If theosis, then, is what a human being should desire, the next question that must be answered is do the practices of Orthodox Christianity actually lead to this goal? Mr. White claims they do not. He says that his experience, which he spends some time elucidating in his blog post, is that the practices prescribed for Orthodox Christians to attain their goal do not lead to this goal and even sometimes seem to lead those who practice them further away from this goal. He also exhibits an aversion to many of these practices in themselves, echoing John Hogan in his condemnation of the eccentricities of the Zen masters. The proper pragmatist, however, balks at the statements of Mr. White and Mr. Hogan on this point. The proper pragmatist is not deterred by the strangeness or impoliteness of the method; he is interested only in its ability to attain the desire results. If a friend were to tell you in all seriousness that jumping off of certain cliff will magically make you young again, the rational response is not to immediately scoff at the notion; the rational response is to invite him to demonstrate.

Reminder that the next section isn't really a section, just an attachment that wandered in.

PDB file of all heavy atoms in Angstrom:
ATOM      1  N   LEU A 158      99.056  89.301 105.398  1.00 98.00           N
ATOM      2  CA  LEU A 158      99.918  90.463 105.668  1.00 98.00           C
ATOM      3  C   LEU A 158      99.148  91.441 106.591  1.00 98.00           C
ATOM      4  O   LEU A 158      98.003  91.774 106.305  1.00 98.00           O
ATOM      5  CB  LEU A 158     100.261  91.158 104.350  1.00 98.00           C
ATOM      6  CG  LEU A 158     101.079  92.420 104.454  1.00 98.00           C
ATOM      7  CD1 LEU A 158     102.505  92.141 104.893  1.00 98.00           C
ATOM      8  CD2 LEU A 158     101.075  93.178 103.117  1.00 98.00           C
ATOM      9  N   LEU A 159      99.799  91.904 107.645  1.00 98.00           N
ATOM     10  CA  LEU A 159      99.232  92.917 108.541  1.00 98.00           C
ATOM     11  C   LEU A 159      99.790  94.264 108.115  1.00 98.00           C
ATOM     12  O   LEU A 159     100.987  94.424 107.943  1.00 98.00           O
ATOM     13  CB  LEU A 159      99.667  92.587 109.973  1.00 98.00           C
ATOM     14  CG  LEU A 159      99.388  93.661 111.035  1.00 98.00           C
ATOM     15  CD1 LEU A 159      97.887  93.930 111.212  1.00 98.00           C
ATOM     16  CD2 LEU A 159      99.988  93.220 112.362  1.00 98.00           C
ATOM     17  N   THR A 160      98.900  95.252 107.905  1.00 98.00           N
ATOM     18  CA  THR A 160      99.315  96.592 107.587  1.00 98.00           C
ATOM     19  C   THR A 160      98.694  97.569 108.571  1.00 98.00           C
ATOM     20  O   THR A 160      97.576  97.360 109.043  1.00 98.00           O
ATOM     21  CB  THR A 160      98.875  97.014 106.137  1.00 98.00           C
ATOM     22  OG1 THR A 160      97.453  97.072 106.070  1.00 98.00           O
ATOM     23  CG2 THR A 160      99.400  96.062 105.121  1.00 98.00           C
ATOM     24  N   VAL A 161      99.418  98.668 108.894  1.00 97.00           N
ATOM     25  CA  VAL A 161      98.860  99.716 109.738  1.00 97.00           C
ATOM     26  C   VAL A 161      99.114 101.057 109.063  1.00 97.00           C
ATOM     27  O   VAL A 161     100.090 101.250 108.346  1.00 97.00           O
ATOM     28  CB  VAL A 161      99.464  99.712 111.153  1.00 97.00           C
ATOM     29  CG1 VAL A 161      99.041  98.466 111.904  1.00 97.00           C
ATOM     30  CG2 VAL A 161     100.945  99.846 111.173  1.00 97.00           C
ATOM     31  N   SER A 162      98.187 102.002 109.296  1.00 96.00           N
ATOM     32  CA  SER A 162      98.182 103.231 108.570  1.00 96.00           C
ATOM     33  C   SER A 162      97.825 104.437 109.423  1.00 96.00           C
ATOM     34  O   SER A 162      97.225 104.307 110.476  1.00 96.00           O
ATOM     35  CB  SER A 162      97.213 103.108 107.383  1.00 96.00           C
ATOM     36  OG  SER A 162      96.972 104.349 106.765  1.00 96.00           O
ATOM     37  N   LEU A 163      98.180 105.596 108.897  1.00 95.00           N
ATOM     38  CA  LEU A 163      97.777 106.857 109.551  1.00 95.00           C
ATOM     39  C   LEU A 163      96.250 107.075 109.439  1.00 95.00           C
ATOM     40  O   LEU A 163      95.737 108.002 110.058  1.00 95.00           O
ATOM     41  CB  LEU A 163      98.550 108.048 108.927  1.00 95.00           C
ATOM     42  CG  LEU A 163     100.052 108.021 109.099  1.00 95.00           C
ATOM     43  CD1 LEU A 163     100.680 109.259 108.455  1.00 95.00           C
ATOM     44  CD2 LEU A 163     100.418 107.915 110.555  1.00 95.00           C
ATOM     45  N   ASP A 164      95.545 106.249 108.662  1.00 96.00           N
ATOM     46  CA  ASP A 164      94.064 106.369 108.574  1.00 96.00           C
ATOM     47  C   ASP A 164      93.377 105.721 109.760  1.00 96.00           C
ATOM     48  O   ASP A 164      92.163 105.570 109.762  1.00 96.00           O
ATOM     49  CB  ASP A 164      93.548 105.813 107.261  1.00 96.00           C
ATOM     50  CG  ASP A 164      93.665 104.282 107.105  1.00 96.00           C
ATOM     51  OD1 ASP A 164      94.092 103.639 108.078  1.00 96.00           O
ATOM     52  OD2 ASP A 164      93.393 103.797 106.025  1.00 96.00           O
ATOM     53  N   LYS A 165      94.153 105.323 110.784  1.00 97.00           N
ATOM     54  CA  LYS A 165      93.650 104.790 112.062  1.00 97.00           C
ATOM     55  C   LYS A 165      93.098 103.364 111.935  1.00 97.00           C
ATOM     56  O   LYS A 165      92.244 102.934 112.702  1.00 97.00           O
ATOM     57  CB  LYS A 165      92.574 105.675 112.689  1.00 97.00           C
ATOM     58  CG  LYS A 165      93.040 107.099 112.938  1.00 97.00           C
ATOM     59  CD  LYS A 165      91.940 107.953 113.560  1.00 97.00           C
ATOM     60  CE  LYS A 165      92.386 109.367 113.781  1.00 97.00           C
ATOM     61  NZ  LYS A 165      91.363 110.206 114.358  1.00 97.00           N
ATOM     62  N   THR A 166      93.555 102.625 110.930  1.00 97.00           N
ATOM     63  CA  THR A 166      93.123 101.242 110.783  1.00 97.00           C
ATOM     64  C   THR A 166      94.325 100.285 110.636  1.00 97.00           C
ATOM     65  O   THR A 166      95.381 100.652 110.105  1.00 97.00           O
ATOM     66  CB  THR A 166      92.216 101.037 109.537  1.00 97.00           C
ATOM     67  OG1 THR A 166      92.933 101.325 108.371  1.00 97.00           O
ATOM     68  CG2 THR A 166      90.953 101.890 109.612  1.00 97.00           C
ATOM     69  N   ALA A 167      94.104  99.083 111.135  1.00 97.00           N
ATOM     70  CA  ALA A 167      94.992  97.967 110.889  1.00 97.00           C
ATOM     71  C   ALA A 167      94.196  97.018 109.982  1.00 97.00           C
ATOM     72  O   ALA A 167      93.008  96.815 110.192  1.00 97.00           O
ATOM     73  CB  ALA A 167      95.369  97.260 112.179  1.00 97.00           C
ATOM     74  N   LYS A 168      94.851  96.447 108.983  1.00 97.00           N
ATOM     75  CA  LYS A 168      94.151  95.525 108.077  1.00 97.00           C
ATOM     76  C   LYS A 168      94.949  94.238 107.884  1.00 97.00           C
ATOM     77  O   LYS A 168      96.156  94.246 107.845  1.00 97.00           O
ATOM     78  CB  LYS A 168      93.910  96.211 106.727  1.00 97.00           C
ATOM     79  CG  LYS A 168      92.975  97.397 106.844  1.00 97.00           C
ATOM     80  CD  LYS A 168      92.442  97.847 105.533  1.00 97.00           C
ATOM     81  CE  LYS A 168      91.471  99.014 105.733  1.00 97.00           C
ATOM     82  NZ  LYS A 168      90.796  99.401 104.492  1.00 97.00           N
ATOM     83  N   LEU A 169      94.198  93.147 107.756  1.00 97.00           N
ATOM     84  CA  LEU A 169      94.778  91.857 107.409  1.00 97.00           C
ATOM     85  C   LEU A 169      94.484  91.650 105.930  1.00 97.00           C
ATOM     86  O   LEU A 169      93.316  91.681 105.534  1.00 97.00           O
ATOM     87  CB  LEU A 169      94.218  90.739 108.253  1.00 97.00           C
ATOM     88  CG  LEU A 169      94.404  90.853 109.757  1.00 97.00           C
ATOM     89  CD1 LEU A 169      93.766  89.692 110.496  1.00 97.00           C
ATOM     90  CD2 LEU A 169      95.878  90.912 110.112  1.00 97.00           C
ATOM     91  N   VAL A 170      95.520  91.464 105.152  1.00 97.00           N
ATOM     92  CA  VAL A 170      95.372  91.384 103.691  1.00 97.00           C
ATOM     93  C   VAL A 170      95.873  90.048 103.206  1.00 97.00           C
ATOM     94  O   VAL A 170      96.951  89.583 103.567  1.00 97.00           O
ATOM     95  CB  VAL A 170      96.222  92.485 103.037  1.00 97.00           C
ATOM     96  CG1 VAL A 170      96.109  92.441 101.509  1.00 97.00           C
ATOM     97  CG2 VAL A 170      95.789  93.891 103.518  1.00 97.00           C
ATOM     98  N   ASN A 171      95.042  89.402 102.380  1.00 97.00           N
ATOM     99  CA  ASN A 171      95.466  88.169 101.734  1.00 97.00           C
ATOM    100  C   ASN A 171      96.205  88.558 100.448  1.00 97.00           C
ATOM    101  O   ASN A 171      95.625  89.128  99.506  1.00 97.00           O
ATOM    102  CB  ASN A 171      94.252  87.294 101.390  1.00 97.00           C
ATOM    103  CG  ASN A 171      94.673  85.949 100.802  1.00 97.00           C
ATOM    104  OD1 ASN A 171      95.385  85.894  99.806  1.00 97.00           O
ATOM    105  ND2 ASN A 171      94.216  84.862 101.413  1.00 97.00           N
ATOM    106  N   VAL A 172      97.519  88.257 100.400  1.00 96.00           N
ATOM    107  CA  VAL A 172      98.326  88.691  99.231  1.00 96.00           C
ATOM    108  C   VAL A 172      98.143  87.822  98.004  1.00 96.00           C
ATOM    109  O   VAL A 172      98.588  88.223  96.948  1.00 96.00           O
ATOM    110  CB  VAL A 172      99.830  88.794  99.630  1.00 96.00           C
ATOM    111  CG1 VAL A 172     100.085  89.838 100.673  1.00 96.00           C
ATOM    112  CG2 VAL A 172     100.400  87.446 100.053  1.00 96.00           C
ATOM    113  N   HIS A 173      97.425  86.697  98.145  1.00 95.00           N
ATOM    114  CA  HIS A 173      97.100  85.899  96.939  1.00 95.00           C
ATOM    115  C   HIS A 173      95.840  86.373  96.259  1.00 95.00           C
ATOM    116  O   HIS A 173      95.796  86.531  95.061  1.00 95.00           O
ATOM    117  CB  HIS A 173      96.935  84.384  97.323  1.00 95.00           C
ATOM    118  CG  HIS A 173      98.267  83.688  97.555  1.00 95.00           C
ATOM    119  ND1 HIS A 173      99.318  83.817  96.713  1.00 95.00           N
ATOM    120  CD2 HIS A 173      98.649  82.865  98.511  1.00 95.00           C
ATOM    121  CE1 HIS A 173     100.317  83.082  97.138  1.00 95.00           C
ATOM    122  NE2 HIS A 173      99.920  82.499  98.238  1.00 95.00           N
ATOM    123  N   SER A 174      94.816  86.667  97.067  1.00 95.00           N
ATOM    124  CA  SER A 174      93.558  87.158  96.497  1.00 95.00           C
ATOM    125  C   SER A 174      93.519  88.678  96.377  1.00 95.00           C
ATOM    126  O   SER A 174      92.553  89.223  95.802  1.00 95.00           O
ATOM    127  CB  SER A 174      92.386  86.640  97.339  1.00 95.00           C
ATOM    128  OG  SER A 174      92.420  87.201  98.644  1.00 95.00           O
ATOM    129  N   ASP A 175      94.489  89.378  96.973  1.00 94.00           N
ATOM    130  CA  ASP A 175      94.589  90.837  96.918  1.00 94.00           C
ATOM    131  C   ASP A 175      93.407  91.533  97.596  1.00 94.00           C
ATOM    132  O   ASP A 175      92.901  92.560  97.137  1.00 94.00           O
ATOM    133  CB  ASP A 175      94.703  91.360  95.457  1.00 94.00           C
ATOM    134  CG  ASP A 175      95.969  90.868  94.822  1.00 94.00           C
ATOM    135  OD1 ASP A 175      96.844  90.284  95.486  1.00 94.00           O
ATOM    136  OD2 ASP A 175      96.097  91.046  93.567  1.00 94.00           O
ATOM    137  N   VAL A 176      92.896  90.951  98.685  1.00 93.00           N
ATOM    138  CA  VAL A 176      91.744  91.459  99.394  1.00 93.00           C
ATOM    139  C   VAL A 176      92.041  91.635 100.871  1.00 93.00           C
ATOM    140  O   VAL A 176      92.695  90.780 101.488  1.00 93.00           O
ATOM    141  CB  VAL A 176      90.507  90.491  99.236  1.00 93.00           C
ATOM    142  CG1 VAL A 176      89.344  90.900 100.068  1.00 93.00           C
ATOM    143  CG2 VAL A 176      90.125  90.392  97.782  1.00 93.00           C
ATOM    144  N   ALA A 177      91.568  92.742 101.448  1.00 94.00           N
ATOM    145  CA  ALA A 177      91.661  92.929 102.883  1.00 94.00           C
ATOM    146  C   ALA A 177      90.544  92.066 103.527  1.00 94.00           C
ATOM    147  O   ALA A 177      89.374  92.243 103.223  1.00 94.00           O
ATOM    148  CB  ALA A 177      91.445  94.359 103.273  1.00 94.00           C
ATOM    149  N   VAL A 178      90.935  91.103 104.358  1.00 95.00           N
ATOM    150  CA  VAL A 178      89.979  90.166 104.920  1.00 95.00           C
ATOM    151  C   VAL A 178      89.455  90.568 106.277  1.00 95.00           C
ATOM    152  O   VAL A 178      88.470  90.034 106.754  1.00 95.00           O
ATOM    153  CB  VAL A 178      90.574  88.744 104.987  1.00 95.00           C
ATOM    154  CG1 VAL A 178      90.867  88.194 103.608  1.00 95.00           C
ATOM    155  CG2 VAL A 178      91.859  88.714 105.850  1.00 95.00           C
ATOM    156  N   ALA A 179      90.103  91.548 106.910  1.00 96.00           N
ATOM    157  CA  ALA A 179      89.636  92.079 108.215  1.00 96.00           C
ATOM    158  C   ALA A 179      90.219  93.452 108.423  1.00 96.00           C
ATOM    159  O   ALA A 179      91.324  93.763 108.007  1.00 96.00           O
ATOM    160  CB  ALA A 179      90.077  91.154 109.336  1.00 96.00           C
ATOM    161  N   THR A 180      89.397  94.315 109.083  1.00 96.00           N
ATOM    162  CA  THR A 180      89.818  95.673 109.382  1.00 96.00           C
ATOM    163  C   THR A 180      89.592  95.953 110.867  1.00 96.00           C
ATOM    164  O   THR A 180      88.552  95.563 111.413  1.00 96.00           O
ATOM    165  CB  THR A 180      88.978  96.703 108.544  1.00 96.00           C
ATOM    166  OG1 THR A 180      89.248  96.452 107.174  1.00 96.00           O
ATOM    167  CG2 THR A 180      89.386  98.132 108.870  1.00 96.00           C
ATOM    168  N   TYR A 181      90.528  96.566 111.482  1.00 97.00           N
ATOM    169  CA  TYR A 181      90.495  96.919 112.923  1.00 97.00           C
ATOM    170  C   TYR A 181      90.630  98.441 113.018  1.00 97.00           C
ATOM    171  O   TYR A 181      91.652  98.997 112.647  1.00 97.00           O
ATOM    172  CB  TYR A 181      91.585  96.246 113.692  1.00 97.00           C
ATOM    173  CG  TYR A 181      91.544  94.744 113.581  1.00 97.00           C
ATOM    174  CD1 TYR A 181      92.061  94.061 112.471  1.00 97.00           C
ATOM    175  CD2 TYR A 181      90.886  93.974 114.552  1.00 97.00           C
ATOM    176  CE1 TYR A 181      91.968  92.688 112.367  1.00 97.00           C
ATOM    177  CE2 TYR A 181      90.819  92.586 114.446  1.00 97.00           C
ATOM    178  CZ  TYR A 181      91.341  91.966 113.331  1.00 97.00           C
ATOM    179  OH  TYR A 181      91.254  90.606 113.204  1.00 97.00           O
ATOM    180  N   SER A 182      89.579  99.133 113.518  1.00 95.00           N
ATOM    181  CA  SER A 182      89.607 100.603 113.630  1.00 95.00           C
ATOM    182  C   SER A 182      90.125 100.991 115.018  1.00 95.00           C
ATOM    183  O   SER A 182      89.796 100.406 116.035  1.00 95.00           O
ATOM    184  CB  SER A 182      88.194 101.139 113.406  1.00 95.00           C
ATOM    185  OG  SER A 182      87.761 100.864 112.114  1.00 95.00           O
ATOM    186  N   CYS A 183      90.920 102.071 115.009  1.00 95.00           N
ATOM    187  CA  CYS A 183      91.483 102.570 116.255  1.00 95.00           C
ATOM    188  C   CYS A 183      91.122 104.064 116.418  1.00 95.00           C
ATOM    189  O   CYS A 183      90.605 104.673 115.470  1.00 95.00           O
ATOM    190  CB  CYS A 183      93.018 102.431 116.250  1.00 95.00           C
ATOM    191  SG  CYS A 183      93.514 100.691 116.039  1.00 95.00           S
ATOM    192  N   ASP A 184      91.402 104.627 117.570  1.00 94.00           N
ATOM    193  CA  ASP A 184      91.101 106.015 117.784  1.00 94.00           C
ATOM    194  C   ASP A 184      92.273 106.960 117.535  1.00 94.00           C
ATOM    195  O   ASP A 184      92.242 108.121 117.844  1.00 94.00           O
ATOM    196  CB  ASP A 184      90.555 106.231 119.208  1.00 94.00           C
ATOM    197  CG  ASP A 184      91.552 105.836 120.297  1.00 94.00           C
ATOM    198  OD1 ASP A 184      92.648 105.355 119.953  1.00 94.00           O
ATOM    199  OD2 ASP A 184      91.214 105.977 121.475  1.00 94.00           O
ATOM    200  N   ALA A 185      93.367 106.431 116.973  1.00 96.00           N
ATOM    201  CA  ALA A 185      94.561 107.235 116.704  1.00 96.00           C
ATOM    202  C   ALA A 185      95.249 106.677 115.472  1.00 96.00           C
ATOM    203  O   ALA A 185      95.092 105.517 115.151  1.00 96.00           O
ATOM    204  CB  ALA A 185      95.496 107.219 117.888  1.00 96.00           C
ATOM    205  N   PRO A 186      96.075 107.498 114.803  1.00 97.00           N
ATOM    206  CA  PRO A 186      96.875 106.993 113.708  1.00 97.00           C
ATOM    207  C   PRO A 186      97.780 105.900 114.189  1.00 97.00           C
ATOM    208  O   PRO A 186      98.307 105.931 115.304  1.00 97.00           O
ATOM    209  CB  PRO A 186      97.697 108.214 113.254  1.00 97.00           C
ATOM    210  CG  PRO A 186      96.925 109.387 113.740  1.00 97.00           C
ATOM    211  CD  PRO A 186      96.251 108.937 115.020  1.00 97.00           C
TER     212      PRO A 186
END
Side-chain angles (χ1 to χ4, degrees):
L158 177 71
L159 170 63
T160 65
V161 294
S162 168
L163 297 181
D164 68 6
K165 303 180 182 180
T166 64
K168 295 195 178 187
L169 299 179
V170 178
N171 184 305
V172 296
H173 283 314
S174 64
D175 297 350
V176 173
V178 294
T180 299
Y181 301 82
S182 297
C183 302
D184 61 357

Does the Orthodox Church, then, provide such demonstrations? Does it have examples or case studies which one may investigate to confirm its claims? Indeed, this is precisely what the many saints of the Orthodox Church are. They are the examples, the demonstrations, and the case studies, painted on the walls of every Orthodox temple for each of us to examine and choose to imitate (or not). The saints are those who attained the goal which we all desire to attain. They are those who have experienced theosis. The cases are too numerous and the nuances and intricacies of each case too personal (dare I say peculiar?) to examine at any length here. The short of it, however, is this: many of the saints were not “better people” in the modern sense of the phrase as used by Mr. White as a result of their immersion in the ascetic practices of Orthodoxy. There were saints who were cantankerous, saints who were bizarre, saints who were rude, and, yes, even saints who were sinners (in fact, they all were — and recognizing such of oneself is the first step to sainthood). What each of them experienced, however, is the unsurpassable experience of the presence of the living God. While this might not have made them “better people,” it undoubtedly made them “more holy, more human.” I leave it to the reader to investigate for himself and discover whether this is affirmed in the plethora of accounts of their lives and deeds. In his recent masterpiece of modern philosophical-religious thinking within the context of Orthodox Christianity, David Bentley Hart eloquently articulated an observation I have made, though less eloquently, on many occasions: “In my experience,” he says, “those who make the most theatrical display of demanding ‘proof’ of God are also those least willing to undertake the specific kinds of mental and spiritual discipline that all the great religious traditions say are required to find God.” When pressed by the Holy Inquisition to deny his claims concerning the discovery of hitherto unobserved heavenly bodies and the implications of the motions of these bodies for cosmology more generally, Galileo invited his accusers to take a look through his “perspicillum” (that is, his telescope) and so see for themselves. They refused and condemned him as a liar. Do not be among them. If what you desire is to confirm or deny the claims of the Orthodox Church, observe the models and, like the mad scientist who drinks the vial of his own experimental solution, try them for yourself. The Buddha once told his disciples (as recorded in the Kalama Sutta):